All nonexempt workers who fall under the rules established by the U.S. Fair Labor Standards Act (FLSA) must receive a minimum wage of not less than $7.25 per hour, as of 2017. If these workers put in more than 40 hours in any given workweek, they must also receive overtime pay. This should be at least one and one-half times their regular hourly wage for every hour over the 40th.

However, who gets overtime pay is not always clear-cut. Determining whether you are entitled to overtime pay if you are a salaried employee is often more complicated than it should be. Employment lawyer Phil Gibbons can help you determine whether your employer owes you overtime pay.

Call our office today at 704-612-0038 to schedule a time to discuss your case with employment lawyer Phil Gibbons. We offer free case reviews and will handle your case on a contingency basis. This means you owe us nothing unless we recover unpaid wages for you.

Am I a Non-Exempt Employee, and How Does that Affect Overtime Wages?

Only non-exempt employees receive overtime pay. Some people believe being paid a salary instead of an hourly wage means they are automatically exempt employees and not eligible for overtime. However, this is not the case. Employees who receive a guaranteed salary of more than $455 each week may be exempt, but they must meet other qualifications as outlined in the Code of Federal Regulations (CFR) 541.

If you are covered under the FLSA and make less than $455 in salary each week or do not meet other qualifications to be an exempt employee, your employer must pay you time and one-half for any hours you work over 40 each week. There are two ways your employer can handle this, depending on how it schedules your hours. If it fails to pay you for overtime, you can file a claim to recover your unpaid overtime wages. 

How Should My Employer Calculate My Overtime if I Have a Steady Schedule?

Most employers expect their non-exempt, salaried employees to work 40 hours a week, on a set schedule. When they work more than those set 40 hours, employers must pay them time and a half for their overtime.

They would calculate this by dividing the employee’s normal salary by 40. This gives them the employee’s hourly wage. Then, they would need to multiply this by 1.5 to get the time and a half wage. The hourly wage applies to the first 40 hours, and then the overtime (time and a half) wage applies to any additional hours.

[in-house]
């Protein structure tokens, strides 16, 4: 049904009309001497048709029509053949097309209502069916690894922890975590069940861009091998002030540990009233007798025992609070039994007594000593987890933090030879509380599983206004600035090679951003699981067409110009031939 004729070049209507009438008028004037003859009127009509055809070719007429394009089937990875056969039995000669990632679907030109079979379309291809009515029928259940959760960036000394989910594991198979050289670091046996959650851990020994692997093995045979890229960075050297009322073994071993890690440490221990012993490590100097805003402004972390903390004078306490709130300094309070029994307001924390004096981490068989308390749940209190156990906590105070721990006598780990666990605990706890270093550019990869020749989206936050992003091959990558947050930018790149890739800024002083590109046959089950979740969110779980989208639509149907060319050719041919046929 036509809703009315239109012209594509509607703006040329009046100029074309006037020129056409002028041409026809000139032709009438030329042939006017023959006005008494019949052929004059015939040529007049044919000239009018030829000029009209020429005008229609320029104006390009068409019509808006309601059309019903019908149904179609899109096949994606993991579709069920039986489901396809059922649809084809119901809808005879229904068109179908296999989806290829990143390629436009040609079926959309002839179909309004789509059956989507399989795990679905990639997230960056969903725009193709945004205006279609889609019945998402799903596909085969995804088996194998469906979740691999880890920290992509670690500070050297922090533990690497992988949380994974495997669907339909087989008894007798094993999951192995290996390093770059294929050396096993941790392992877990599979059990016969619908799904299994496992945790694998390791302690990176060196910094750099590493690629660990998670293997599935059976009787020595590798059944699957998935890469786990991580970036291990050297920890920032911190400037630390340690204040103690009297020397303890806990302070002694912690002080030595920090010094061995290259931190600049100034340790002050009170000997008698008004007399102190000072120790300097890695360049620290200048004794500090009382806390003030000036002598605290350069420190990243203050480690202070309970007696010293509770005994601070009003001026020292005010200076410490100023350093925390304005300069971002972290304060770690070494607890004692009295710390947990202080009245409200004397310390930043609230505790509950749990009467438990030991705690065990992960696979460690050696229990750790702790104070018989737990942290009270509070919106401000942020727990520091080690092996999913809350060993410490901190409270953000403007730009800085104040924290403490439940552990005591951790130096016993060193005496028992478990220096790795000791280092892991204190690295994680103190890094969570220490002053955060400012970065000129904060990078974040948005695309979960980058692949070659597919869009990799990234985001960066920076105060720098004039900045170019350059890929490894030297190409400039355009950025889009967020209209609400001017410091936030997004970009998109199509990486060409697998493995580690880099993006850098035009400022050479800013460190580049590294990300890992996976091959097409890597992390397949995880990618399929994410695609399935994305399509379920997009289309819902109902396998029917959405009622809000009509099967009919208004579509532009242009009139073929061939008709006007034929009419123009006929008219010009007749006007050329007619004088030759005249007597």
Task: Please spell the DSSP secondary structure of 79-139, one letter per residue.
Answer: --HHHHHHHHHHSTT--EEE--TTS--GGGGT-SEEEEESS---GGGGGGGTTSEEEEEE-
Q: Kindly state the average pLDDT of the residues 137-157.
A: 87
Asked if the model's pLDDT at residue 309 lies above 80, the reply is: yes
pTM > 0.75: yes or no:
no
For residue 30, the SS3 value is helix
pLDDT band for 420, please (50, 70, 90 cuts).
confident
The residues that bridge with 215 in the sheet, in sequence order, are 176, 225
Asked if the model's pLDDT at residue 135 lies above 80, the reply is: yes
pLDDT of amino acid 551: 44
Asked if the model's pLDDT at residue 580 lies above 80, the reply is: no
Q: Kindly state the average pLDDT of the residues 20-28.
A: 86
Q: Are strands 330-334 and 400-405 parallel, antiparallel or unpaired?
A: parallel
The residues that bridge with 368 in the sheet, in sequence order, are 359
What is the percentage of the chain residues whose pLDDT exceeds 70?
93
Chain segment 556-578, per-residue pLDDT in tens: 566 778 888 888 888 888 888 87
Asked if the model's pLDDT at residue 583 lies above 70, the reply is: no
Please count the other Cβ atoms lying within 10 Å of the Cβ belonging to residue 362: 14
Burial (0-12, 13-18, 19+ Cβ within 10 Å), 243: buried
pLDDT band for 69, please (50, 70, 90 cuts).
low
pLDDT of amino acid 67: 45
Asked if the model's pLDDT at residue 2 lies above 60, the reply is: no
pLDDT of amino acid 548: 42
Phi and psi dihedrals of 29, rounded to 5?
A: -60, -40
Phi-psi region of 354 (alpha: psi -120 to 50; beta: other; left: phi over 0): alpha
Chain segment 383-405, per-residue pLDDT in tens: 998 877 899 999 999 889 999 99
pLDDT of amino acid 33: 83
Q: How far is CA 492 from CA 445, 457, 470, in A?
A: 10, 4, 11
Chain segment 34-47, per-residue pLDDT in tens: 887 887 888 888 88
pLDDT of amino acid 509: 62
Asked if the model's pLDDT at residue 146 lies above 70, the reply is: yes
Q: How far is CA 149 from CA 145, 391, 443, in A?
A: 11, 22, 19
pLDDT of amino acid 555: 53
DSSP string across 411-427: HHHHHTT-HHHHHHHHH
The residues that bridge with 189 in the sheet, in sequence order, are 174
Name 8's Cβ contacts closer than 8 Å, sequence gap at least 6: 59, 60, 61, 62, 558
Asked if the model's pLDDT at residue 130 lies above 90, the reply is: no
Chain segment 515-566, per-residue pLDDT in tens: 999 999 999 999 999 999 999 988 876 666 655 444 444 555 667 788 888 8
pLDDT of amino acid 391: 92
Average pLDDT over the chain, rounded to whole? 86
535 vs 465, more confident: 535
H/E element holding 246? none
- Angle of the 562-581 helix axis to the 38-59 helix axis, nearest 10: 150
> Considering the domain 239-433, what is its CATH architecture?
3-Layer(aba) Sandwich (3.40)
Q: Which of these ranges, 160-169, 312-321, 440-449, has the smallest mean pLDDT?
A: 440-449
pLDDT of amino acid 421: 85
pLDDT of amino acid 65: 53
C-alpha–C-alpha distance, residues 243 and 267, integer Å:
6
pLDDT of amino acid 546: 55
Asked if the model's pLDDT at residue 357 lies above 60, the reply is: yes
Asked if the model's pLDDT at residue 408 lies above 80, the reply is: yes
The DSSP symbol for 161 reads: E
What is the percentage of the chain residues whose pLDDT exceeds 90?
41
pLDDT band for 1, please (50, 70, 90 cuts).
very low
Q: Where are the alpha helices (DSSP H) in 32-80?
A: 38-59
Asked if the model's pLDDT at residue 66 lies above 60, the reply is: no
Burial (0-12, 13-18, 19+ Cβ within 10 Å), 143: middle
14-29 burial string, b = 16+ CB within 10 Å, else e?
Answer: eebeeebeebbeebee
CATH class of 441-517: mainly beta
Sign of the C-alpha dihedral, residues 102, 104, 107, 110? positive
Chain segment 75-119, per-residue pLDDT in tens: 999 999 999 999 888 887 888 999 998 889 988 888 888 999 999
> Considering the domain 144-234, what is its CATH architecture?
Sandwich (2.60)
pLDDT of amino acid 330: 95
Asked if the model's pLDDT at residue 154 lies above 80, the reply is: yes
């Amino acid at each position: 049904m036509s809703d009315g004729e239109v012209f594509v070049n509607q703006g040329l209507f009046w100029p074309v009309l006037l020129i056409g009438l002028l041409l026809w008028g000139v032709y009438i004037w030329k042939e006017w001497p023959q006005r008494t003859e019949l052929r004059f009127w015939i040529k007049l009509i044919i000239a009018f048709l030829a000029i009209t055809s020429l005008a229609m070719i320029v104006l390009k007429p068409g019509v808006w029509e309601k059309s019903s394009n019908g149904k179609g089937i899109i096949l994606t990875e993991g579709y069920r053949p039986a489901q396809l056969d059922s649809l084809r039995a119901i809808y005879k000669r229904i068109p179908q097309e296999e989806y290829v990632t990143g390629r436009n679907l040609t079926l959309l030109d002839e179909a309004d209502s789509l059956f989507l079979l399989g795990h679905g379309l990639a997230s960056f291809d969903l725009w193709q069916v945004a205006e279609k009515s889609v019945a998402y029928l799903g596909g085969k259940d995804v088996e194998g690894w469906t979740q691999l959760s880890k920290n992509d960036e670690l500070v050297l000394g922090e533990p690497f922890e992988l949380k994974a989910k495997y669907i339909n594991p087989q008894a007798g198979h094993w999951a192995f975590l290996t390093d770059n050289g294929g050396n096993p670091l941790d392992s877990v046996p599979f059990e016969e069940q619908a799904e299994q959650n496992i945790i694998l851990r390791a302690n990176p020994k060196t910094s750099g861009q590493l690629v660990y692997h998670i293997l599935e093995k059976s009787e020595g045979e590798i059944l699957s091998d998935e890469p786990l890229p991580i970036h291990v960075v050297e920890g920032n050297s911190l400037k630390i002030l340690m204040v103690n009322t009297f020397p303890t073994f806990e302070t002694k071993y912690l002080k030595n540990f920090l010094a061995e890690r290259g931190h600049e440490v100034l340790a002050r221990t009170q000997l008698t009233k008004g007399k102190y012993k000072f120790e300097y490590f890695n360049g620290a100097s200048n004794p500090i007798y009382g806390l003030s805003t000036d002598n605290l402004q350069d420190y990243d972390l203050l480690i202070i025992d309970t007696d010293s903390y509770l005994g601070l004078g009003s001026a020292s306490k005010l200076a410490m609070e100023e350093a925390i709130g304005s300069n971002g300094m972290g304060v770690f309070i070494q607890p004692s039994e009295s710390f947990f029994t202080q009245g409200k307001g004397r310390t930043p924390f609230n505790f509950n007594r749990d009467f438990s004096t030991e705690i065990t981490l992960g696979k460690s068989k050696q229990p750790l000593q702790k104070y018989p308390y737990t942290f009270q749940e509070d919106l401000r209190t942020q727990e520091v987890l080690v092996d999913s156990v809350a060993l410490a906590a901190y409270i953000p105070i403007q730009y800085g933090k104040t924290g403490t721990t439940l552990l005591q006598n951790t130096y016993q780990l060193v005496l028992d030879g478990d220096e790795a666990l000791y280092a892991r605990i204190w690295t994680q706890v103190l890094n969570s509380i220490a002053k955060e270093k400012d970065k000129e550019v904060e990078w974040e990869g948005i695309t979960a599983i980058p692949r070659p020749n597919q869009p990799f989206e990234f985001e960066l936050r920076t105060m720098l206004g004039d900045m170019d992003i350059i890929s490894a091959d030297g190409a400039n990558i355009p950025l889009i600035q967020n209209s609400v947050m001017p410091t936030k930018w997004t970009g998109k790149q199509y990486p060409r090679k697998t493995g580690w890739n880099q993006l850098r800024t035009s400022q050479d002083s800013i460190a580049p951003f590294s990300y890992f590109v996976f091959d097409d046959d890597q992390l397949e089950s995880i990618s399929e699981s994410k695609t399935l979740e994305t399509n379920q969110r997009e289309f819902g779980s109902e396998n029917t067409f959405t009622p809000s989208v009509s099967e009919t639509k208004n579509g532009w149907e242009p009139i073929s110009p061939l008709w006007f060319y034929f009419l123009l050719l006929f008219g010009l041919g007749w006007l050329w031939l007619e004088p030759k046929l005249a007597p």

For example, let us assume a non-exempt employee makes a salary of $800 per week. This employee, who usually works 40 hours, works 44 hours one week. The employer would need to calculate the regular rate of pay by dividing 800 by 40, which gives a regular wage of $20 per hour. Then, it would need to multiply $20 by 1.5, equaling $30. This is the overtime wage. The employee’s check should include $800 in regular wages and an additional $120 for the four hours of overtime, totaling $920.

How Should My Employer Calculate My Overtime if I Have a Fluctuating Workweek?

It is somewhat more difficult to calculate overtime if you have a fluctuating work schedule, but your employer is still responsible for understanding the law and paying you accordingly. This type of schedule is common for those who may work a lot during one time of year — summer, for example — and fewer hours the rest of the year.

With a fluctuating workweek, employees may work 50-hour weeks for part of the year and 30 hours a week for the remainder. This makes it difficult to do the math to determine an hourly wage. It is important to note employers cannot use this method to calculate overtime unless they meet certain conditions:

  • The employee has a guaranteed salary each week;
  • The employee’s hours must vary each week; and
  • The employee must receive an hourly rate of at least minimum wage, no matter how many hours he works

To calculate overtime pay when an employee has a fluctuating workweek, the employer must divide the salary by the total hours worked that week, and then multiply the resulting hourly wage by no less than .5 to get the remainder of their overtime wage.

It is important to note employers must pay their employees at least minimum wage. Since this calculation decreases the hourly wages as hours worked increases, there is a limit to how many hours the employee can work and remain above minimum wage. We can help you understand how much your employer owes you if this occurred in your case.

Here is an example of a fluctuating workweek overtime pay calculation: you receive a guaranteed salary of $800 per week and you worked 50 hours last week. Your hourly wage for that week is $16 ($800 divided by 50). To get your overtime pay, your employer would need to multiply your hourly wage by at least .5 to get the remainder of your overtime wages. This would give you $8. You should receive $880 ($800 regular pay plus $80 in overtime wages).

Phil Gibbons, Charlotte, NC Employee Rights Lawyer, Can Help Salaried Employees Recover Unpaid Wages.

Understanding your rights under the FLSA and state overtime laws is difficult, and the overtime pay calculations necessary to determine the proper rate of overtime pay for non-exempt, salaried employees are complex. However, you do not need to handle this alone.

Phil Gibbons Law can help you understand if you have unpaid overtime wages, and help you recover them. Call us today at 704-612-0038 to schedule your free consultation.